The Happy Writer, Writing Discussion

Writing is a Privillege

cave painting
Cave Painting of Wild Pig by Joel Abroad

The development of art was a fundamental milestone in human development. Pre-historic cave paintings provide evidence that humans had moved beyond survival, that they could pool their resources, and organize. It showed that some people no longer had to hunt and gather full time.  It was the beginning of something important, the first step to civilization.*

But art could only be created when basic human needs were  satisfied first.

I’ve been thinking about this much more after reading Stephen’s post about not having enough time to write, and then Ollin’s about why writers without the time still need to be valued.

I don’t believe that writing should be the highest priority in my life. I’ve got to put food on the table, pay the rent, take care of the electrical bills, the phone, fix that car when it breaks down. I have a family to take care of. These things come first.

Every time I sit down at the keyboard I’m thankful for the spare moment, even if it only a moment, five minutes in a day, a few words scribbled over lunch. Even these are a luxury. Writing is a joy. I remember the days when I dreamed I had this kind of time to dedicate to writing. It’s not full time, but it’s some time. I’m thankful for every minute of it.

Not all of us have the time to write, and not everyone can afford to. Just remember that, writers. You’re the lucky ones.

Writing is not life, but I think that sometimes it can be a way back to life. ~ Stephen King

I love this pearl of wisdom from King. What do you think?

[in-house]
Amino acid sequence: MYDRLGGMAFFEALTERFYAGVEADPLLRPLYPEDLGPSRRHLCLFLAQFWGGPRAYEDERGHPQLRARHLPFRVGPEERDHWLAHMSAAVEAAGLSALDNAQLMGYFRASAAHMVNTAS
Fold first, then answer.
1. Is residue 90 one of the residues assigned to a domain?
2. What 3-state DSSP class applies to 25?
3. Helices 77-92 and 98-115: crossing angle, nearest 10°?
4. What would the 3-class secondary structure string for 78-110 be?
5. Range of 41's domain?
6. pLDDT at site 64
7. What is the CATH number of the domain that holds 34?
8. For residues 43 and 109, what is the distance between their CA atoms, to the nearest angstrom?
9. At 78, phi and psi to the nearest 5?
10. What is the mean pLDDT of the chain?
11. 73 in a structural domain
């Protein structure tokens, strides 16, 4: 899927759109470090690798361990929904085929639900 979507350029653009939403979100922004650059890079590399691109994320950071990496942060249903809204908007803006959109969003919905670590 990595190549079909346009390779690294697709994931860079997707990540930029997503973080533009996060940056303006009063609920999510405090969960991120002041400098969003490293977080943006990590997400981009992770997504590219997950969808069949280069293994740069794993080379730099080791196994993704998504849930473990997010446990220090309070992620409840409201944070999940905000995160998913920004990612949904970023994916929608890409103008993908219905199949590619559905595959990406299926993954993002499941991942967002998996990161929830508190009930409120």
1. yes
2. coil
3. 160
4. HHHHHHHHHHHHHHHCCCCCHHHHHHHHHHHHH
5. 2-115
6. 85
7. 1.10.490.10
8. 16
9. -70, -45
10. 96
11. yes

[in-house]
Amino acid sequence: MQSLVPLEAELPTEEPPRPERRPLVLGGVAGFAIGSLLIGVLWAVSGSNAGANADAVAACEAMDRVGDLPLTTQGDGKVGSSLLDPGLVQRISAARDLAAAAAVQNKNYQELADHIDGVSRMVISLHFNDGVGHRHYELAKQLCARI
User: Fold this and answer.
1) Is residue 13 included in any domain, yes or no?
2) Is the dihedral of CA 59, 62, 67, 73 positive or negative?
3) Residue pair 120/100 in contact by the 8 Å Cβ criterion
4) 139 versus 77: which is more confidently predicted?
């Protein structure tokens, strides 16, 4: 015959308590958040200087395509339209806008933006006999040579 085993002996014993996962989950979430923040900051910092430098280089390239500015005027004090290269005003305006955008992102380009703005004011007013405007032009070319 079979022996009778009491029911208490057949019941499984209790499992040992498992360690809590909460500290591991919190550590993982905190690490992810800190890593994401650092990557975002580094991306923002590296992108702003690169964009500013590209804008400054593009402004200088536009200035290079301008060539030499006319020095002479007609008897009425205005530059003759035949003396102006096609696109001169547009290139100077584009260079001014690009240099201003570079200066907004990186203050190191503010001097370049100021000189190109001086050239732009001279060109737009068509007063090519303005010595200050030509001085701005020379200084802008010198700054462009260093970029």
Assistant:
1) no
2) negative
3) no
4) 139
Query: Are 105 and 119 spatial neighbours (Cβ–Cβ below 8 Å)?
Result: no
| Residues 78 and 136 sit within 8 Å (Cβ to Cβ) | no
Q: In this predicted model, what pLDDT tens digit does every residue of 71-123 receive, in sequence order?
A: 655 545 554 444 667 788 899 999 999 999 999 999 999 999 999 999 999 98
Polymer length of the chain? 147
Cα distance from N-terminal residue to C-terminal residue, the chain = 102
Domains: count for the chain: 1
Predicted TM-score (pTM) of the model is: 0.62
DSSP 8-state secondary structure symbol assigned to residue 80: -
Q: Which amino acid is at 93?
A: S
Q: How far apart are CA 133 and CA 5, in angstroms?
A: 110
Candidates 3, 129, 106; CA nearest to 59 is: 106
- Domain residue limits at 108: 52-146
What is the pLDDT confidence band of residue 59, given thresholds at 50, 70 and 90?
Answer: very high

*Here I badly misquote anthropology 101. Maslow’s hierarchy can substitute.

10 Comments

  1. Not just a privelege; a luxury! One that I fully intend to revel in when I again possess it.

    Though I’ve not been writing (except the occassional blog post), I’ve been thinking about writing in those free moments between one important thing and another. It’s not the same, and it’s not worth much, perhaps, but at least somewhere in the back of my mind plot and character and setting are bouncing around.

    But yes, I think it is fortunate to be able to write. But not fortunate only – or not luck only. There’s a lot that goes into it. Managing one’s life so that writing can be a part of it is virtuous. This means, of course, that whether one can write is dependent, at least in part, on their decisions. In my case, there was a decision made, and that decision has prevented writing from playing a large part in my life these last few years.

    Which goes back to Maslow’s Hierarchy. I’ve got to take care of family first, which means generating income for food and shelter and other such necessities. Which also means securing my education and position in life such that I can secure such an income. Which meant that I could not take the risk of depending on the vagaries of a writing life until after the former had been thus secured. I chose to do what I did because I am risk averse. For others, they would rather write because either they are not risk averse or because they rank writing as a higher-level need than those others. For me, writing is important, but it comes second, and family comes first.

    1. T.S. Bazelli Author

      We all need to decide on our priorities. It’s not always an easy thing. Putting so much energy into something (even if you love it) always requires some kind of sacrifice. Yes, family comes first, and so does living life, otherwise I’d have nothing to write about.

    2. I agree with Stephen. The creation of any art is a luxury. There’s a great deal of hardship in the world, and many things that will flat-out kill you if you don’t tend to them. To have the time, brainpower and resources to create something like literature are things to be grateful for.

  2. I agree. Being thankful for that spare moment is how we express gratitude toward the wonderful endeavour that writing is. Not every one is blessed with the pen, so consider yourself lucky, writers!

    -BrownEyed

  3. Thanks for the mention! And GREAT point. What a great way to put it, it is a privilege. That’s always a great thing to remind ourselves about. Especially when we struggle with writing the writing process–even THAT’S a privilege. Some writers can only dream of it. Thanks for the reminder.

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